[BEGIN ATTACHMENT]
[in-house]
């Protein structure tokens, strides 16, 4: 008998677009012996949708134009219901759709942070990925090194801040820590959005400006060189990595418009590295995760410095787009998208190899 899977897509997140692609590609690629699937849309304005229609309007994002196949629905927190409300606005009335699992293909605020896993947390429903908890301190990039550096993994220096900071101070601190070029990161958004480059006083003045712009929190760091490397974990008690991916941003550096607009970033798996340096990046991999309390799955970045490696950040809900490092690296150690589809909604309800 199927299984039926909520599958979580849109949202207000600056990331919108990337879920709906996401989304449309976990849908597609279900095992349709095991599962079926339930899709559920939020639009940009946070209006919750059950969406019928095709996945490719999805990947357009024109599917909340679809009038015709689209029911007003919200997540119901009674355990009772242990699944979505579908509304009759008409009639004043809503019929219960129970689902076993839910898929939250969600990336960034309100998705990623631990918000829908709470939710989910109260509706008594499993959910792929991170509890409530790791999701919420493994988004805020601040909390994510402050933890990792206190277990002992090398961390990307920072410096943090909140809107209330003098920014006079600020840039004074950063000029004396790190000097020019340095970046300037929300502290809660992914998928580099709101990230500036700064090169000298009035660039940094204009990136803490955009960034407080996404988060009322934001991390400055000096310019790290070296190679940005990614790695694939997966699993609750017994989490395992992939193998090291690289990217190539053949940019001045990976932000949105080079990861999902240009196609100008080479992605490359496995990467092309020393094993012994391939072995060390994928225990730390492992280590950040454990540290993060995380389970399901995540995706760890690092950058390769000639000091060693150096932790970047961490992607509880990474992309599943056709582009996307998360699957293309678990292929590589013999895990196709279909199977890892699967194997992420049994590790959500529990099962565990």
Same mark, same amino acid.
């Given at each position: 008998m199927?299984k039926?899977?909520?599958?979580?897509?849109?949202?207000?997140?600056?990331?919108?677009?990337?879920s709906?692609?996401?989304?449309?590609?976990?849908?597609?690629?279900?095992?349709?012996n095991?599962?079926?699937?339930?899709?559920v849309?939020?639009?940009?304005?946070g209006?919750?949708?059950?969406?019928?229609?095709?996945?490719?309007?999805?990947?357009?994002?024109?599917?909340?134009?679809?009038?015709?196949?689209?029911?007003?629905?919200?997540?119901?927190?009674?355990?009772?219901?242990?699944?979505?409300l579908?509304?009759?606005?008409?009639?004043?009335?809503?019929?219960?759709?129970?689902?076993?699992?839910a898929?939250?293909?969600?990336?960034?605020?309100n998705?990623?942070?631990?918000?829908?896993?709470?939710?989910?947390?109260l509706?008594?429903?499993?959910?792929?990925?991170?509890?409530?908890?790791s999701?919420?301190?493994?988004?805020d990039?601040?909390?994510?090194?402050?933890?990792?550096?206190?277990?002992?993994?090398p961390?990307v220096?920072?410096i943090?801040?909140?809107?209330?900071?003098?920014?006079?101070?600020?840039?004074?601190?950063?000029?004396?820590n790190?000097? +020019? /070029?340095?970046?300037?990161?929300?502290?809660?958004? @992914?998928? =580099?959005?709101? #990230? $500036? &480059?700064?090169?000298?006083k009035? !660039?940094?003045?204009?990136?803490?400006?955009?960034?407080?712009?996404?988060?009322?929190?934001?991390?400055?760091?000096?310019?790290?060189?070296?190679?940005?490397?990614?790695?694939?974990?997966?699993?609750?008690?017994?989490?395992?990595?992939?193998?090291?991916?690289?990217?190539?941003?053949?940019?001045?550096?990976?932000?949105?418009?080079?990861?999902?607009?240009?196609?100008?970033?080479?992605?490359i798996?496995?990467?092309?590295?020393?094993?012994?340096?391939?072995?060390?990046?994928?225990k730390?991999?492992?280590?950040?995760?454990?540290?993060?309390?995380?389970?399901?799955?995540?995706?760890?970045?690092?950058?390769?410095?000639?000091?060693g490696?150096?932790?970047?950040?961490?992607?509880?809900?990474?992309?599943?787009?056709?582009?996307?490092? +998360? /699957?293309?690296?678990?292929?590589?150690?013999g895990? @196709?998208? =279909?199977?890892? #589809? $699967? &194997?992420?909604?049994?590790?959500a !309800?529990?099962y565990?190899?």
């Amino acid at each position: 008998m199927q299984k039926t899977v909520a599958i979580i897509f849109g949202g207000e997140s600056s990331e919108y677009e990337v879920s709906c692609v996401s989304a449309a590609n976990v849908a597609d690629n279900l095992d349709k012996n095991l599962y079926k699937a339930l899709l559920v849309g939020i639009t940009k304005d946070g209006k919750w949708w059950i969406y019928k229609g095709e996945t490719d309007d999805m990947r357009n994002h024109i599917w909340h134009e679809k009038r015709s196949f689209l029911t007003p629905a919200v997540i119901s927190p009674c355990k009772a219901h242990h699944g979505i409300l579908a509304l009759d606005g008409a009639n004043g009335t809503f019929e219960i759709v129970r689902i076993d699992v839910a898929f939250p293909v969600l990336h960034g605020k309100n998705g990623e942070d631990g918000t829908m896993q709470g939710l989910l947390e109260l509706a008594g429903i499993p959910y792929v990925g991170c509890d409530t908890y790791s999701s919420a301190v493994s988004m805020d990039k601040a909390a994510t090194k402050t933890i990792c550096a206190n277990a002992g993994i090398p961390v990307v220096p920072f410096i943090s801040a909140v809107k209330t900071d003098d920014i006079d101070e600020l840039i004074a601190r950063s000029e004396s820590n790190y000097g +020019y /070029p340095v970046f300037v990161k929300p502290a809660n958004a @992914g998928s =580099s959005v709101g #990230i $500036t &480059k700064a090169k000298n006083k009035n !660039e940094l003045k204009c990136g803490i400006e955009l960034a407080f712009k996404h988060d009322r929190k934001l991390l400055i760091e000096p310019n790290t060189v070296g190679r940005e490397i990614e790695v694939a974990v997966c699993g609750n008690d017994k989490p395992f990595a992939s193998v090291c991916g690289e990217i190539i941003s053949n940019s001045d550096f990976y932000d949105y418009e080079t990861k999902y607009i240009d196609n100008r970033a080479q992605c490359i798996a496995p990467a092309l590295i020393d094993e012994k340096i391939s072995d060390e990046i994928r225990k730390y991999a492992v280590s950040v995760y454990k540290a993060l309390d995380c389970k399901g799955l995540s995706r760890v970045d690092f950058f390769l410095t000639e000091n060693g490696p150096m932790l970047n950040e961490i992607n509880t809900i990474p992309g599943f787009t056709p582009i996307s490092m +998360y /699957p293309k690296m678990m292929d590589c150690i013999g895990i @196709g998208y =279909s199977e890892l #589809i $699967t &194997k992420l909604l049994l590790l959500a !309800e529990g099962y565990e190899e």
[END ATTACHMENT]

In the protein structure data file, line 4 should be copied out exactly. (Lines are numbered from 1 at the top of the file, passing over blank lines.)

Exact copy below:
């Given at each position: 008998m199927?299984k039926?899977?909520?599958?979580?897509?849109?949202?207000?997140?600056?990331?919108?677009?990337?879920s709906?692609?996401?989304?449309?590609?976990?849908?597609?690629?279900?095992?349709?012996n095991?599962?079926?699937?339930?899709?559920v849309?939020?639009?940009?304005?946070g209006?919750?949708?059950?969406?019928?229609?095709?996945?490719?309007?999805?990947?357009?994002?024109?599917?909340?134009?679809?009038?015709?196949?689209?029911?007003?629905?919200?997540?119901?927190?009674?355990?009772?219901?242990?699944?979505?409300l579908?509304?009759?606005?008409?009639?004043?009335?809503?019929?219960?759709?129970?689902?076993?699992?839910a898929?939250?293909?969600?990336?960034?605020?309100n998705?990623?942070?631990?918000?829908?896993?709470?939710?989910?947390?109260l509706?008594?429903?499993?959910?792929?990925?991170?509890?409530?908890?790791s999701?919420?301190?493994?988004?805020d990039?601040?909390?994510?090194?402050?933890?990792?550096?206190?277990?002992?993994?090398p961390?990307v220096?920072?410096i943090?801040?909140?809107?209330?900071?003098?920014?006079?101070?600020?840039?004074?601190?950063?000029?004396?820590n790190?000097? +020019? /070029?340095?970046?300037?990161?929300?502290?809660?958004? @992914?998928? =580099?959005?709101? #990230? $500036? &480059?700064?090169?000298?006083k009035? !660039?940094?003045?204009?990136?803490?400006?955009?960034?407080?712009?996404?988060?009322?929190?934001?991390?400055?760091?000096?310019?790290?060189?070296?190679?940005?490397?990614?790695?694939?974990?997966?699993?609750?008690?017994?989490?395992?990595?992939?193998?090291?991916?690289?990217?190539?941003?053949?940019?001045?550096?990976?932000?949105?418009?080079?990861?999902?607009?240009?196609?100008?970033?080479?992605?490359i798996?496995?990467?092309?590295?020393?094993?012994?340096?391939?072995?060390?990046?994928?225990k730390?991999?492992?280590?950040?995760?454990?540290?993060?309390?995380?389970?399901?799955?995540?995706?760890?970045?690092?950058?390769?410095?000639?000091?060693g490696?150096?932790?970047?950040?961490?992607?509880?809900?990474?992309?599943?787009?056709?582009?996307?490092? +998360? /699957?293309?690296?678990?292929?590589?150690?013999g895990? @196709?998208? =279909?199977?890892? #589809? $699967? &194997?992420?909604?049994?590790?959500a !309800?529990?099962y565990?190899?």